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Nguyen Kim Lin et al., 2003. Livest. Res. Rural Dev. 15 (6) article #41

Document reference 
Nguyen Kim Lin; Preston, T. R.; Dinh Van Binh; Nguyen Duy Ly, 2003. Effect of tree foliages compared with grasses on growth and intestinal nematode infestation in confined goats. Livest. Res. Rural Dev. 15 (6) article #41

Two experiments were carried out to study effects of tree foliages versus grasses on intestinal nematode infestation and growth of confined goats. In experiment 1, 20 males and 10 females of Bachthao and cross-bred (Bachthao x Barbari) goats (initial live-weight from 9 to 14 kg) were allocated to 5 sources of forage which were offered as supplements to rice bran (RB) and a  Molasses Urea Block (MUB). The forages were: fresh foliage of cassava (Manihot esculenta), Jack Fruit (Artocarpus heterophyllus) and Leucaena (Leucaena leucocephala) and fresh grasses of Guinea (Panicum liconi) and Ruzi (Brachiaria ruziensi). The goats were confined in pairs in wooden pens of 1.2 x 1.4m area on a raised slatted floor. They were fed the experimental diets for 10 days and de-wormed before starting the experiment. The feed offered was adjusted at 14 day intervals according to live weights. The experiment began on 11 December 2001 and continued until 11 April, 2002.The forages were harvested daily from the fields in the Goat and Rabbit Research Center (GRRC). The foliage from cassava (C) and Leucaena (L) were harvested after approximately 2 months re-growth by cutting at 30 cm (C) and 70 cm (L) above soil level. The foliage from Jack fruit (trees were older than 5 years) was harvested after 3 months re-growth by cutting at 150 cm and higher above soil level. The Guinea and Ruzi grasses were harvested after 4 weeks and 7 weeks re-growth by cutting at 3 to 5 cm above soil level. All the foliages were fed at ad libitum. Rice bran was given at 10 g/kg live weight and a molasses-urea-block at 5 g/kg live weight. In experiment 2, 24 male goats recently weaned, with initial live-weight from 9 to 12 kg, were allocated to 4 treatments in a 2*2 factorial arrangement: Guinea versus Ruzi grass and two cutting heights of each grass (3 to 5 cm and 10 to 12 cm above soil level). The Guinea and Ruzi grasses were cut after 4 weeks and 7 weeks re-growth at between 9 am and 5 pm. The grasses were fed ad libitum. Rice bran was given at 15 g (DM)/kg live weight. In both experiments, records were kept of feed intake (daily) and live weight (15 day intervals). Faeces samples were taken at the beginning and monthly to determine eggs of Strongyle and coccidian oocyts. The goats  grew faster and had lower levels of infestation with nematode parasites when fed: tree foliages rather than  grasses (Experiment 1); or grass cut at 10 to 12cm rather than 3 to 5cm, above soil level (Experiment 2). It is concluded that  there are two mechanisms which favour the use of tree and shrub foliages in diets for goats: the presence of condensed tannins in the leaves and the physical attributes of such plant species which do not facilitate the migratory habits of infective nematode larvae.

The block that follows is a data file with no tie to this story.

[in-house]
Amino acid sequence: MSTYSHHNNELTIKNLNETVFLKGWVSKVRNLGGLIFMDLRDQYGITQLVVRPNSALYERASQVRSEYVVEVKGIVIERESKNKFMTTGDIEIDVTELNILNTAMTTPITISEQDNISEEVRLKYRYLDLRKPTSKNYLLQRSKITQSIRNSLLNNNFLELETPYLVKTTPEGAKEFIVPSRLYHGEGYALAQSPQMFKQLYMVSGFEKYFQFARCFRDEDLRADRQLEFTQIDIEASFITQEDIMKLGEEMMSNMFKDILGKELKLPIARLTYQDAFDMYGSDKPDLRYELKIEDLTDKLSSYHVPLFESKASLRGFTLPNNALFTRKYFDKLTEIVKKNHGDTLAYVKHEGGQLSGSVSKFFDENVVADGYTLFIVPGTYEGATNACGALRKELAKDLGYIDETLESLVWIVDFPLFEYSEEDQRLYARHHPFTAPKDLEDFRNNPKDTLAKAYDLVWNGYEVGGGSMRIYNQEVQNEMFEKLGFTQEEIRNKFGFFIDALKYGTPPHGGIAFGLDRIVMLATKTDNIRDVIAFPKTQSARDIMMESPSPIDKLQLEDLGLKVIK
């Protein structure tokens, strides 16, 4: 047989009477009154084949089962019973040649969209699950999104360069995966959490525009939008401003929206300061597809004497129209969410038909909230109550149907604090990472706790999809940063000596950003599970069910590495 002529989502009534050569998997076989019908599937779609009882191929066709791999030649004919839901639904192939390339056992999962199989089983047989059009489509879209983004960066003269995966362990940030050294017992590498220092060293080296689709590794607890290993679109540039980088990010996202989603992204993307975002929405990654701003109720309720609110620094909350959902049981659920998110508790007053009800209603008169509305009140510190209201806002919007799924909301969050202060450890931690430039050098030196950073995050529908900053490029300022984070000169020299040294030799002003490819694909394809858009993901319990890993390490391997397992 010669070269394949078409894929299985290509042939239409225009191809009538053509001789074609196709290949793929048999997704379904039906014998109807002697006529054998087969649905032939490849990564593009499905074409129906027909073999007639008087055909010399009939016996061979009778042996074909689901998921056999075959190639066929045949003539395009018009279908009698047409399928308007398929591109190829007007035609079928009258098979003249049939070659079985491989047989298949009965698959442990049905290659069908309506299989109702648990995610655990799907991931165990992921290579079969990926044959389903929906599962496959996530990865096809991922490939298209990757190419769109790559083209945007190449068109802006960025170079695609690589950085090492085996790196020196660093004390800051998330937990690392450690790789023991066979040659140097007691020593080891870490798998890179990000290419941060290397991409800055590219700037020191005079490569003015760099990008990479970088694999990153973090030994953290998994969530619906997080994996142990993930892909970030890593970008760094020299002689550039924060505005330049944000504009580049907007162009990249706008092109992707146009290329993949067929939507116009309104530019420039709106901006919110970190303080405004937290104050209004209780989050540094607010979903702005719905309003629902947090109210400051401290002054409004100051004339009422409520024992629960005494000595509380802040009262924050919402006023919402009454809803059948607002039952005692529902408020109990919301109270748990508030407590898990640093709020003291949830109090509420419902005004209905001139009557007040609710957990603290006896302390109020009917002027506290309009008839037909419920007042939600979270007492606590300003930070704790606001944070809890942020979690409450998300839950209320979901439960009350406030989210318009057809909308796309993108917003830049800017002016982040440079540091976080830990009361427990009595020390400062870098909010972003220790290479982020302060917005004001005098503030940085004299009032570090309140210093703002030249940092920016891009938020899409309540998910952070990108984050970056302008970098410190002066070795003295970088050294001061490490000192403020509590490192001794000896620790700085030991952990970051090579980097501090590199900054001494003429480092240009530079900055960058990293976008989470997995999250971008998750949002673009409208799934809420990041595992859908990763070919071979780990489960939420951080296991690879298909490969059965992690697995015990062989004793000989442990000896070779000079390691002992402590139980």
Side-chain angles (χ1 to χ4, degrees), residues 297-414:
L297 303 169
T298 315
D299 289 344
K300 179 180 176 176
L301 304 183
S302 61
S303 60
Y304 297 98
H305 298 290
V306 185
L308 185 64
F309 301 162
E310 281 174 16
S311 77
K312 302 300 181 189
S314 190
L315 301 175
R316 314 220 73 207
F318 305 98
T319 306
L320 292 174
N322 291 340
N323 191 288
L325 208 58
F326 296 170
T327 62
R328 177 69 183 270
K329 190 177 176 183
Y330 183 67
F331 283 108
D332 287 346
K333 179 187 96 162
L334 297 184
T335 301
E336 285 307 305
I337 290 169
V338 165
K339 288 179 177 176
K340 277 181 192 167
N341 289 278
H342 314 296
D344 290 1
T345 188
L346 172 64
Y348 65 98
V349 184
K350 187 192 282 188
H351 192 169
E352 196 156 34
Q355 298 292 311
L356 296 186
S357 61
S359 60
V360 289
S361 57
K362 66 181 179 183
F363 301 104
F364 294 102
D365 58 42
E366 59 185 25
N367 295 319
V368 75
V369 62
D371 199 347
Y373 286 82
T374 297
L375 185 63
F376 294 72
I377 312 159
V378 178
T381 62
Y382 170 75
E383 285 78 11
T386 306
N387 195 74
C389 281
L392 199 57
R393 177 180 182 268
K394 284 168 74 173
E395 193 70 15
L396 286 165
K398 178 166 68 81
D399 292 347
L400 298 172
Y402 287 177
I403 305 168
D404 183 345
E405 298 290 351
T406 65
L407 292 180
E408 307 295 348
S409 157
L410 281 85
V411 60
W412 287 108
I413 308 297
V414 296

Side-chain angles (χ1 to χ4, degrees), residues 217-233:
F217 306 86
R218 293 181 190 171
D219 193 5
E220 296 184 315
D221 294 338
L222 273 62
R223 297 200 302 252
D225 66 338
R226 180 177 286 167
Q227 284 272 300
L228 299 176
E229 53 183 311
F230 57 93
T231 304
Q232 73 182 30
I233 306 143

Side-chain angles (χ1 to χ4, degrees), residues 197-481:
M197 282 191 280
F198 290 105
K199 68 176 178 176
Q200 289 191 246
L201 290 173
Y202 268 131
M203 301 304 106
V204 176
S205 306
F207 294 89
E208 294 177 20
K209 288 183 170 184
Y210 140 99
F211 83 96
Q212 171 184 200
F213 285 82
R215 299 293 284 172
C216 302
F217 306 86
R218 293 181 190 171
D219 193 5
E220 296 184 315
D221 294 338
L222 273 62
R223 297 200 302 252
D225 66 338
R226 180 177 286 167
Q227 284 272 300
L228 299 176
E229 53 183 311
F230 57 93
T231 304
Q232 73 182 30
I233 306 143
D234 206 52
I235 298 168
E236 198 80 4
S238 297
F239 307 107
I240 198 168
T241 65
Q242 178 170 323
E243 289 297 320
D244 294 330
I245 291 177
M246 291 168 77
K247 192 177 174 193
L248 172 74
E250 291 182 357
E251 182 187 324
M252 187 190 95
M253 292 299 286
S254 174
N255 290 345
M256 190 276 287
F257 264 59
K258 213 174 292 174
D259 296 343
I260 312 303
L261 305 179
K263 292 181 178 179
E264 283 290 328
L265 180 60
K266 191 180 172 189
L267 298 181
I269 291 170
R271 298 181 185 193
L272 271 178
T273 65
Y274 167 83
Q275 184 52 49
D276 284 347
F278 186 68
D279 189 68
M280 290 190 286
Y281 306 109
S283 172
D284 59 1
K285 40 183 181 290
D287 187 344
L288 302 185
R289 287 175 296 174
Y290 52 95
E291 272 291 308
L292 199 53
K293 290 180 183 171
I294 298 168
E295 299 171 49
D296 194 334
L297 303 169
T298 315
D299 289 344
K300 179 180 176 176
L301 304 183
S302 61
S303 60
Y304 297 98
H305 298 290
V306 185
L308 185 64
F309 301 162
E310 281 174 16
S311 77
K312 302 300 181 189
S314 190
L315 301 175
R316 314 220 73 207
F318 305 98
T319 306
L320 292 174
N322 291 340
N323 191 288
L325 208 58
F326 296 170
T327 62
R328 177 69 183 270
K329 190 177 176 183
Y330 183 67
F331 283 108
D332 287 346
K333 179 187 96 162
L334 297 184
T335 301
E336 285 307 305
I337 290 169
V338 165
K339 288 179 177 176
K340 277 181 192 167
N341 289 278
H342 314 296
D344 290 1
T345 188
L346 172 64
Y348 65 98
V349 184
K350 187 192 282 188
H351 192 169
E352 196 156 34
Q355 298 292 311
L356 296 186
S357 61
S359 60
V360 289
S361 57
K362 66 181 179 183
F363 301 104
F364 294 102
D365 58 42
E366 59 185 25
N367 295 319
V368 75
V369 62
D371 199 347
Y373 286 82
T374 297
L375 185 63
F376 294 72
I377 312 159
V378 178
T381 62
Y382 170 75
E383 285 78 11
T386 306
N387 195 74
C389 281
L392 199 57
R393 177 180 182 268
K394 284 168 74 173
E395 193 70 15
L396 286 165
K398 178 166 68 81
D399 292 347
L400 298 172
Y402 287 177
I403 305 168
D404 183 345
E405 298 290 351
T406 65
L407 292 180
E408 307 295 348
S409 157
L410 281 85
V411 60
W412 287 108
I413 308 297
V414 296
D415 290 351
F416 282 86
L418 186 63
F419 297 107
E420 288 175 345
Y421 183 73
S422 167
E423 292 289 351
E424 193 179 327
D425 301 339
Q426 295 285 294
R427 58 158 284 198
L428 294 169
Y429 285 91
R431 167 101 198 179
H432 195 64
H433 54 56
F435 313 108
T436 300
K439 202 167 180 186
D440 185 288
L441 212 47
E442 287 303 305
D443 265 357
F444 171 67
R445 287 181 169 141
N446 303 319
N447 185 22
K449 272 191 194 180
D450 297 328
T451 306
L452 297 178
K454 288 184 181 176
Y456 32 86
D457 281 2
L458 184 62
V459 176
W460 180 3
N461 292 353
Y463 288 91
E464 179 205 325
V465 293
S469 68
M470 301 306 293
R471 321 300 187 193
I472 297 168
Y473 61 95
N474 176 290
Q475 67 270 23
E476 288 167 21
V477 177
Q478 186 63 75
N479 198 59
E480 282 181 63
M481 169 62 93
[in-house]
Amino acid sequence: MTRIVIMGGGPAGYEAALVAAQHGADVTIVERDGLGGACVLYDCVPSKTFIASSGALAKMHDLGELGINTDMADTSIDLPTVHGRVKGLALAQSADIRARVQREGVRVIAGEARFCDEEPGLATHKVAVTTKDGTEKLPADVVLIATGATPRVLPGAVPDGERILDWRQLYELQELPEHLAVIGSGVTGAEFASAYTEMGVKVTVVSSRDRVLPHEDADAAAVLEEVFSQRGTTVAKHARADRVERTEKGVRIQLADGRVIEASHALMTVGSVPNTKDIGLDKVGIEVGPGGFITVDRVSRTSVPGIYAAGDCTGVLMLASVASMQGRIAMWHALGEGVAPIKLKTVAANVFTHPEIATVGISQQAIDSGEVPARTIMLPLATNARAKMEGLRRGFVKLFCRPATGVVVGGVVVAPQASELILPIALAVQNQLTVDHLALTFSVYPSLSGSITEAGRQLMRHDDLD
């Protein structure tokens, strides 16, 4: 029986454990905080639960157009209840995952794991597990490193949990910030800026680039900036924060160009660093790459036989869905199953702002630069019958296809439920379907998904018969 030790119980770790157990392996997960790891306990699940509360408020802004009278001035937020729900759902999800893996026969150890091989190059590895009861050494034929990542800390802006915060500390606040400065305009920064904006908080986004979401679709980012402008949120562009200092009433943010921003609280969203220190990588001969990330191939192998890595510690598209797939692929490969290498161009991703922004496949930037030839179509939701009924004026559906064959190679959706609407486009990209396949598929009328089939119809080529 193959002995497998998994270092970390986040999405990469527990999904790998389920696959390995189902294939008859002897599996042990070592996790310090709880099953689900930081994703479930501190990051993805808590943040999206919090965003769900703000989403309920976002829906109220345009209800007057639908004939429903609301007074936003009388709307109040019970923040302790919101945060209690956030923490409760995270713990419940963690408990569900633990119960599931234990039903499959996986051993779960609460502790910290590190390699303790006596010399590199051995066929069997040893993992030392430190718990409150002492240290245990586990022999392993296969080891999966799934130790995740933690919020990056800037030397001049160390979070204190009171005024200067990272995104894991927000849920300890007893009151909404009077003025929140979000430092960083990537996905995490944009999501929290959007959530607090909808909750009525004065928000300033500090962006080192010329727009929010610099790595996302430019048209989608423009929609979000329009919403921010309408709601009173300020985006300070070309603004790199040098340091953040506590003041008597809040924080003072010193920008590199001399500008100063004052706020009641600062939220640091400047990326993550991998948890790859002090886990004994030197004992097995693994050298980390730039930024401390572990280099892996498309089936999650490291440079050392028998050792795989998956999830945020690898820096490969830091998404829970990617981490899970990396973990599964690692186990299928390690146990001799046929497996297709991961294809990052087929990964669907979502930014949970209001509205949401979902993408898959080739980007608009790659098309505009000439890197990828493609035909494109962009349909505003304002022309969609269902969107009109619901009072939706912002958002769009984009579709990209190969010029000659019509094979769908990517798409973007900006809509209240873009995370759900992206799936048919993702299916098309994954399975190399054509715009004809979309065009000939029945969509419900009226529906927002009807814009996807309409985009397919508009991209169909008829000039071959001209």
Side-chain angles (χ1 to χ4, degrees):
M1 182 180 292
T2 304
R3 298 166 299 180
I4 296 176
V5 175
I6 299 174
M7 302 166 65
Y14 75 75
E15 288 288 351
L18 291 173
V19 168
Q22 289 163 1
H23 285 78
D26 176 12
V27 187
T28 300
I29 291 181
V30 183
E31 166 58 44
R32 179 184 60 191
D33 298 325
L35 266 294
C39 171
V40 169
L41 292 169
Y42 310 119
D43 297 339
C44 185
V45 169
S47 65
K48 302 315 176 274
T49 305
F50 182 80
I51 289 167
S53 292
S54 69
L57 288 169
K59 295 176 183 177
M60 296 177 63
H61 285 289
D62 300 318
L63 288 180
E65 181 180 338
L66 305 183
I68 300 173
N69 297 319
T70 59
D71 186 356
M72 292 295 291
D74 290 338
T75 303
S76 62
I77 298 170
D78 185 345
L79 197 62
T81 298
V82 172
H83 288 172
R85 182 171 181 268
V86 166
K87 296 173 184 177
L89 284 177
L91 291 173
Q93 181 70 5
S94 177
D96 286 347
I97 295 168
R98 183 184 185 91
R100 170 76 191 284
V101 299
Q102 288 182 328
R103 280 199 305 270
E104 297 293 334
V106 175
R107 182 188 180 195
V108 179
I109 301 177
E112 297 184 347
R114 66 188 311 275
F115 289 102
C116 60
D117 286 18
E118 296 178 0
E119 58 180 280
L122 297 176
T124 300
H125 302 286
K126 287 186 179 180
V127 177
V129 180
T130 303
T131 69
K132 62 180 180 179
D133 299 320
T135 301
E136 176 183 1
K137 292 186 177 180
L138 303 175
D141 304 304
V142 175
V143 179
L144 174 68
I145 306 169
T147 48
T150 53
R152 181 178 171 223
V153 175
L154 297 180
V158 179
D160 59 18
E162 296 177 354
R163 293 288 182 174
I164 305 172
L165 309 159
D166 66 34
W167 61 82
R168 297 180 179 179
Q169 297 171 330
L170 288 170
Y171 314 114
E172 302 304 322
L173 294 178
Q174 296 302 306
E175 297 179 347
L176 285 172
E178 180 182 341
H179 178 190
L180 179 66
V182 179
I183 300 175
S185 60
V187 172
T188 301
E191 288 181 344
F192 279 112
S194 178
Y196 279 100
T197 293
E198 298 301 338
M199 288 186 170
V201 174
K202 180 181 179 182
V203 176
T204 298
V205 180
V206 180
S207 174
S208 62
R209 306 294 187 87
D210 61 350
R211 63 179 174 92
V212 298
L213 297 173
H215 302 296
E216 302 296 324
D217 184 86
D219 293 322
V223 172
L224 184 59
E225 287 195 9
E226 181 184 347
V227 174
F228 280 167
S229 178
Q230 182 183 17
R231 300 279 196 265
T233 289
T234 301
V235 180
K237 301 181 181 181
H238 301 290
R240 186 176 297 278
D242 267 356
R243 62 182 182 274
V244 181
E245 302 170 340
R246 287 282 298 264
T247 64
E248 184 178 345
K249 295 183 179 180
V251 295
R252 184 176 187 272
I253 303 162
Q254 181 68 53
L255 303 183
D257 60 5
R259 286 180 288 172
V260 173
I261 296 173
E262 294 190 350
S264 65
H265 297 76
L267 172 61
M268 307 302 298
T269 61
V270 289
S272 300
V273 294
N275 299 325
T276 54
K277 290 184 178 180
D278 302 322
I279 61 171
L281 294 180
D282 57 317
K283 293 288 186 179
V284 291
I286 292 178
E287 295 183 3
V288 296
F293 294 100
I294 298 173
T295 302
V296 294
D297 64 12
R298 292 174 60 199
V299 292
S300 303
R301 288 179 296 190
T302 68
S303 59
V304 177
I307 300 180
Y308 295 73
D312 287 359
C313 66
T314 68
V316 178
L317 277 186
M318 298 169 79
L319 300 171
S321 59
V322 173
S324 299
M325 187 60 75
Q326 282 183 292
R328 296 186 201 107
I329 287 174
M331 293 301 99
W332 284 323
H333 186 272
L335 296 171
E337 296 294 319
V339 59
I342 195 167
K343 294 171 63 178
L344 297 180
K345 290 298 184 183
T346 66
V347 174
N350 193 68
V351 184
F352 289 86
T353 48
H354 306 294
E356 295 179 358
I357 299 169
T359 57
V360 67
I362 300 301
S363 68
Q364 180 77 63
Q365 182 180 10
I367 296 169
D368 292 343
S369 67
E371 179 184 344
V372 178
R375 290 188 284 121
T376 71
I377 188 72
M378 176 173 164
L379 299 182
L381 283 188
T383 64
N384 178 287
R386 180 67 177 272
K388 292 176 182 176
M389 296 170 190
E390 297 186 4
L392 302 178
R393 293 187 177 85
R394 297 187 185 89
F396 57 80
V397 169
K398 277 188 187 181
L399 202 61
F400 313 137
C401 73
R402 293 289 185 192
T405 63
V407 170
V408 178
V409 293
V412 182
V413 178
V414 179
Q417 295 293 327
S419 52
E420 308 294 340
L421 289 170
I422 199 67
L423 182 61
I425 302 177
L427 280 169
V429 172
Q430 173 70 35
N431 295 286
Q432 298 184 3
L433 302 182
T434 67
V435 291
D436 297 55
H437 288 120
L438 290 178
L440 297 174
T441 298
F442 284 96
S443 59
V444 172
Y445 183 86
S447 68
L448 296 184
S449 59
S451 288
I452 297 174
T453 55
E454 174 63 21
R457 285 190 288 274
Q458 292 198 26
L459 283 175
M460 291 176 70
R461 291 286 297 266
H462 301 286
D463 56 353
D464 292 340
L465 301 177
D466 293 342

Citation key 
Nguyen Kim Lin et al., 2003